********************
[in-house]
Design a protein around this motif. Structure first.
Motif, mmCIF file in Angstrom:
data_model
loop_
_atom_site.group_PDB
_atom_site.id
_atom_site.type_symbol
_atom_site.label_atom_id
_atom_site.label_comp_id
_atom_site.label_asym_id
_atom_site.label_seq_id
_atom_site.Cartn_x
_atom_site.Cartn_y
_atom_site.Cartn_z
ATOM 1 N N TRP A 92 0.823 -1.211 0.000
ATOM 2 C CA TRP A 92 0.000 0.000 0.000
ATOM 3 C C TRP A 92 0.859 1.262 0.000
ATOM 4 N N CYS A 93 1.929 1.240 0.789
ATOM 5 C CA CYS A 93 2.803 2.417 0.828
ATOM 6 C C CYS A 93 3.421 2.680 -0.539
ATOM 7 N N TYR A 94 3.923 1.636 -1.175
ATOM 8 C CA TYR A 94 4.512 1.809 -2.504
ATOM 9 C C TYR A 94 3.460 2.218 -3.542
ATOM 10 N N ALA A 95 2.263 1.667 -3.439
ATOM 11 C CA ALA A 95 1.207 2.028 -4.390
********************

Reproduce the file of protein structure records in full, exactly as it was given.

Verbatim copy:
[in-house]
Design a protein around this motif. Structure first.
Motif, mmCIF file in Angstrom:
data_model
loop_
_atom_site.group_PDB
_atom_site.id
_atom_site.type_symbol
_atom_site.label_atom_id
_atom_site.label_comp_id
_atom_site.label_asym_id
_atom_site.label_seq_id
_atom_site.Cartn_x
_atom_site.Cartn_y
_atom_site.Cartn_z
ATOM 1 N N TRP A 92 0.823 -1.211 0.000
ATOM 2 C CA TRP A 92 0.000 0.000 0.000
ATOM 3 C C TRP A 92 0.859 1.262 0.000
ATOM 4 N N CYS A 93 1.929 1.240 0.789
ATOM 5 C CA CYS A 93 2.803 2.417 0.828
ATOM 6 C C CYS A 93 3.421 2.680 -0.539
ATOM 7 N N TYR A 94 3.923 1.636 -1.175
ATOM 8 C CA TYR A 94 4.512 1.809 -2.504
ATOM 9 C C TYR A 94 3.460 2.218 -3.542
ATOM 10 N N ALA A 95 2.263 1.667 -3.439
ATOM 11 C CA ALA A 95 1.207 2.028 -4.390